U.S. bishop says personal stories in Nagasaki, Hiroshima changed him

by Paul Jeffrey

Catholic News Service

8/10/2015

Women participate in a memorial ceremony in Nagasaki, Japan, Aug. 9, the 70th anniversary of the day the United States dropped an atomic bomb on the city. (CNS photo/Paul Jeffrey) 

NAGASAKI, Japan (CNS) -- A U.S. bishop who visited Japan for the 70th anniversary of the bombings of Hiroshima and Nagasaki said he is a changed man after having come face to face with survivors of the U.S. bombs.

"Anybody can talk about policy. Anyone can read reports and develop positions on issues, and hold them deeply in theory. But to have heard the personal stories of what people experienced during a nuclear bombing has literally put flesh on this issue for me," Bishop Oscar Cantu of Las Cruces, New Mexico, told Catholic News Service.

"Pope Francis has talked about a culture of encounter, and I came to Japan to encounter the people here, to listen to the stories of the 'hibakusha' (survivors of the atomic bombings) and their wonderful pastors who have stood by their flocks," said Bishop Cantu, chairman of the U.S. bishops' Committee on International Justice and Peace.

Bishop Cantu said it was "tremendously moving" to hear the personal accounts of the hibakusha, including Sumiteru Taniguchi, an 86-year-old bombing survivor who spoke at a city-sponsored memorial service Aug. 9, the anniversary of the bombing.

"When the bomb exploded, he was literally blown off his bike, his skin burned off, and he spent many years in the hospital recovering. Today he still suffers from those injuries sustained 70 years ago," Bishop Cantu said.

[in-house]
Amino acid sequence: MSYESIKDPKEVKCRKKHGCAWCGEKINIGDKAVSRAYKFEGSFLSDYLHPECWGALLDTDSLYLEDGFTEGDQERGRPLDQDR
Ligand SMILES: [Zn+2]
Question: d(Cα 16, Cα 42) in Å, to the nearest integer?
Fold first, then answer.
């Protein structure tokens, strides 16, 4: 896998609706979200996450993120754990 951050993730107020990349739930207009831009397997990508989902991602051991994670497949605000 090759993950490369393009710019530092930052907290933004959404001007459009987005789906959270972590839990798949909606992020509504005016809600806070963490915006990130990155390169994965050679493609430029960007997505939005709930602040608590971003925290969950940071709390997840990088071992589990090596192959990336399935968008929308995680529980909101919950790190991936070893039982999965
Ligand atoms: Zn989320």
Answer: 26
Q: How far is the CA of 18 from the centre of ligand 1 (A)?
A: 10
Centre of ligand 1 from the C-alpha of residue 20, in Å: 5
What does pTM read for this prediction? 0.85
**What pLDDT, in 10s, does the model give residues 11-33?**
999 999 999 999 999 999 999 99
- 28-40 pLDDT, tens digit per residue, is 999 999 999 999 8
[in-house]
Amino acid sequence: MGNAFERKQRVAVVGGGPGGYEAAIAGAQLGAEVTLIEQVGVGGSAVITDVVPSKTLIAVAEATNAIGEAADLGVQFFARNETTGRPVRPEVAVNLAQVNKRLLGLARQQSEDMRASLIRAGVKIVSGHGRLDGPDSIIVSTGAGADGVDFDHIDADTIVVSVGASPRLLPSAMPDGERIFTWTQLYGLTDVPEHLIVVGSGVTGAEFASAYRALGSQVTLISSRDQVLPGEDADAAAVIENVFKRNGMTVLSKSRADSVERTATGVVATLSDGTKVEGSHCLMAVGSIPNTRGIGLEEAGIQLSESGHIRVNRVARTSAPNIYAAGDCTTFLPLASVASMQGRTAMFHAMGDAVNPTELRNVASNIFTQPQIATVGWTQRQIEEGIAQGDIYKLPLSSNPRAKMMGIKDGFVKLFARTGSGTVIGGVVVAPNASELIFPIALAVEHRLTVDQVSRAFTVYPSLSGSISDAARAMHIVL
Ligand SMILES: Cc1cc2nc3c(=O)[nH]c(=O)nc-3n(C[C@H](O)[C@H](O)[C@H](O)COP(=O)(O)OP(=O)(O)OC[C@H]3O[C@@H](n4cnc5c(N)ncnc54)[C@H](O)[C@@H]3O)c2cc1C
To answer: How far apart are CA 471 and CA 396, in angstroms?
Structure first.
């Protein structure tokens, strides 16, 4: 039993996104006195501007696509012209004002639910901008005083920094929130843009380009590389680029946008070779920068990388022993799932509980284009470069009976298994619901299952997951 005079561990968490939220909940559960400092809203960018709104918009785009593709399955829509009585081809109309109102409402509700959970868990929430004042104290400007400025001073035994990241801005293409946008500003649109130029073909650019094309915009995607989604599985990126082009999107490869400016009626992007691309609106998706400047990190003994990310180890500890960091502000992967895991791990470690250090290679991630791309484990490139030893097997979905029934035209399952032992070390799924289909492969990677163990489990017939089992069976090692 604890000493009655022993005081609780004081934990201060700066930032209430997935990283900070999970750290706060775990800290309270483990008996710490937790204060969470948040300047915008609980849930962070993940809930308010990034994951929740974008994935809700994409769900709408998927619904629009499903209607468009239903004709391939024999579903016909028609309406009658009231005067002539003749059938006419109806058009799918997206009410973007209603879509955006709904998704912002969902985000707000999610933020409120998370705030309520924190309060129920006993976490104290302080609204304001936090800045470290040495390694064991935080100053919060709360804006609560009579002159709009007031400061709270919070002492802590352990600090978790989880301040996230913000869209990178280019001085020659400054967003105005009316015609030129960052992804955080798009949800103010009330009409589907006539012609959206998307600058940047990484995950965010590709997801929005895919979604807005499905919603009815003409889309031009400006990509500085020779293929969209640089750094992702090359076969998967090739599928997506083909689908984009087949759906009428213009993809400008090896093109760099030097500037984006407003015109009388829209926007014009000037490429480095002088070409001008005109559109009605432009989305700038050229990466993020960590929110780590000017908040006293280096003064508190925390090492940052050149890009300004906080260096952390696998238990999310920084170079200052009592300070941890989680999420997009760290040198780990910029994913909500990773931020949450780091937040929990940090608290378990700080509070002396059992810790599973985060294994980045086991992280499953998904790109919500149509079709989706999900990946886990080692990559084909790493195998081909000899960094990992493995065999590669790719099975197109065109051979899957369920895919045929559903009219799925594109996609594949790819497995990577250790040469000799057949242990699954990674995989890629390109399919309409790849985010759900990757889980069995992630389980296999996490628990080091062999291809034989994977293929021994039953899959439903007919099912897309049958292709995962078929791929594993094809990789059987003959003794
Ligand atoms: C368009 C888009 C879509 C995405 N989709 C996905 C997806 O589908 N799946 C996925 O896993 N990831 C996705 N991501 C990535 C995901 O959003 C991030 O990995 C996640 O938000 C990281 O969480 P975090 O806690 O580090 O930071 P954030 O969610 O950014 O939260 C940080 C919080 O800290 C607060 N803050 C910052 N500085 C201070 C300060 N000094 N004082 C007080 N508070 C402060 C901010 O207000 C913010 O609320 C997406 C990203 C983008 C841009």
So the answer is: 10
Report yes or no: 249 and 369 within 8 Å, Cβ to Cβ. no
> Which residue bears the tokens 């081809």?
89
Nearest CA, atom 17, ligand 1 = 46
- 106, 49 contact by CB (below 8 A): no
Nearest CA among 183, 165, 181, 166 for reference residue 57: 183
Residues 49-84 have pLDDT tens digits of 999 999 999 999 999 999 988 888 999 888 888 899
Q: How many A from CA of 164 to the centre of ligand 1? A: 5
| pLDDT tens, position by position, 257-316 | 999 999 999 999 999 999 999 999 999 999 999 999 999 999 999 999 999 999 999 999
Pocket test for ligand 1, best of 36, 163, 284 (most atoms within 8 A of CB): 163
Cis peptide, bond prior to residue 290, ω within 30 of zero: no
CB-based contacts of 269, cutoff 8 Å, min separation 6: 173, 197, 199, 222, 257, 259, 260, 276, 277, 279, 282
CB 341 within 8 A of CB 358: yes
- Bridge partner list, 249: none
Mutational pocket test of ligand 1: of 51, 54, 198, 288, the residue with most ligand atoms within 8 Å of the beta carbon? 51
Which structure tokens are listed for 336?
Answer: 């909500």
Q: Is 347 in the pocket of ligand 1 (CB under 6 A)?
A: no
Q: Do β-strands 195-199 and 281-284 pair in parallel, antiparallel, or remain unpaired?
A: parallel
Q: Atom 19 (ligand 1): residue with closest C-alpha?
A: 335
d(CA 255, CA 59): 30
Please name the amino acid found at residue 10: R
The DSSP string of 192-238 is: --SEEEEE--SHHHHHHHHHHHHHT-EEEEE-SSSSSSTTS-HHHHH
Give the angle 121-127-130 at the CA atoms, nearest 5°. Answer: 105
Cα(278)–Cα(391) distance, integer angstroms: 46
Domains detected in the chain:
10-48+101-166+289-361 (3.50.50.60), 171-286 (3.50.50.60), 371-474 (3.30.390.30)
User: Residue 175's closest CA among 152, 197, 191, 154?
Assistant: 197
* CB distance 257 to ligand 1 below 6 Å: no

"Yet he stands up with a sense of pride and hope and peace and calls the world to peace. How can we not listen to a voice like that?"

In his speech at the main anniversary ceremony, Taniguchi, chairman of the Nagasaki Atomic Bomb Survivors Council, criticized government proposals that would allow the country to renege on its postwar commitment to peace.

"After the war, the constitution was established, which pledged to the world that Japan would never fight in a war again and would not possess weapons. However, there is now an attempt to return to the wartime era by forcing through approval of the right to collective self-defense and an amendment to the constitution. The security bill the government is pursuing will lead to war," Taniguchi said. "We cannot accept this."

Taniguchi's speech was met with enthusiastic applause.

Bishop Oscar Cantu of Las Cruces, N.M., gives the homily during a special Mass for peace in the Urakami Cathedral in Nagasaki, Japan, Aug. 9, the 70th anniversary of the day the United States dropped an atomic bomb on the city. The cathedral was destroyed by the bombing and rebuilt years later. (CNS photo/Paul Jeffrey) 

Japanese Prime Minister Shinzo Abe also addressed the crowd, most of whom greeted him with silence. A few protesters who held up signs or shouted objections were quickly quieted by security agents. Although Abe proclaimed that Japan would lead the movement to ban nuclear weapons — something he'd been criticized for not stating at the ceremony in Hiroshima three days earlier — abolitionists and many of Japan's neighbors do not trust him.